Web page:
Hollywood nursing home's administrators cleared of wrongdoing

Share this article:

Administrators of Hollywood's so-called celebrity nursing home didn't violate state laws when they transferred more than 30 residents last year, California health officials said late last week, reversing an earlier decision.

State inspectors had recently charged administrators at the Motion Picture and Television Fund nursing home with failing to give a required 30-day notice of discharge to roughly 30 residents. The administrators appealed that decision, arguing that the notices were not necessary since the residents transferred on their own, voluntarily. Late last week, the California Department of Public Health relented and sided with the home's administrators, according to the LA Times.

According to state health officials, the nursing home, though having announced plans to close in January of 2009, did not give residents an official closure date, and therefore the formal closure process had never been initiated, the Times reported. Two patient advocacy groups, the California Advocates for Nursing Home Reform and Saving the Lives of Our Own, the latter of which was formed to defend the residents at the MPTF home, both registered strong opposing views to the state's reversal.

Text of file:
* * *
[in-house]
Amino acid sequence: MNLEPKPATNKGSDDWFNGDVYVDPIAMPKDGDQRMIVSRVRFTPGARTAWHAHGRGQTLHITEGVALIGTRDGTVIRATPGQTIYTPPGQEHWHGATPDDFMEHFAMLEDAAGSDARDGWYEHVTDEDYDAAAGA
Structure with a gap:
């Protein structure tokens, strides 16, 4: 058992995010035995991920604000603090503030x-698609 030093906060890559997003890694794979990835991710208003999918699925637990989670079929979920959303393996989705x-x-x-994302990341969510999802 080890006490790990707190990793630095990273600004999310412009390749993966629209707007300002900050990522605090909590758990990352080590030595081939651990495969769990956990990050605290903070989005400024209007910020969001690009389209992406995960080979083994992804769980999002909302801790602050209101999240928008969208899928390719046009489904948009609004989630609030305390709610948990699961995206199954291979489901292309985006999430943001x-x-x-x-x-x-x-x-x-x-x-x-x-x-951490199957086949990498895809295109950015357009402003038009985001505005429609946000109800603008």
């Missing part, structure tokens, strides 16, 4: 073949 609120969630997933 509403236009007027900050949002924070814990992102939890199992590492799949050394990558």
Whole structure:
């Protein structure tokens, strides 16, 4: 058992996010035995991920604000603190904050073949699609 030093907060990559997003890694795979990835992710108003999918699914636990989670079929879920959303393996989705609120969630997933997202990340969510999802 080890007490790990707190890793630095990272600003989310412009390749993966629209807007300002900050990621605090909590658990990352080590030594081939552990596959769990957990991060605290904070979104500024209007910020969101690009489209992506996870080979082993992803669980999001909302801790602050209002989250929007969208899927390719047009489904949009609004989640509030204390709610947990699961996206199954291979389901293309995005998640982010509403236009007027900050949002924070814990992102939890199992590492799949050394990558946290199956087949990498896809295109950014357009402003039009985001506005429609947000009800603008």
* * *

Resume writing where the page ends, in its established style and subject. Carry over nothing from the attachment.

Share this article:

More in News

CMS expands therapy payment research

The government is expanding its research into alternative therapy payments, to consider more holistic changes to the way Medicare reimburses skilled nursing facilities, the Centers for Medicare & Medicaid Services announced Tuesday.

CDC tightens Ebola guidelines for healthcare workers

The Centers for Disease Control and Prevention has issued more stringent guidelines for how healthcare workers should interact with Ebola patients, following an outcry from nurses and other professionals.

Nonprofit providers face alarming market forces, must rally, LeadingAge chairman says

Nonprofit providers face alarming market forces, must rally, ...

Nonprofit long-term care providers must work together to address alarming trends, or their market share could plummet and the sector as a whole could falter, LeadingAge Chairman David Gehm told ...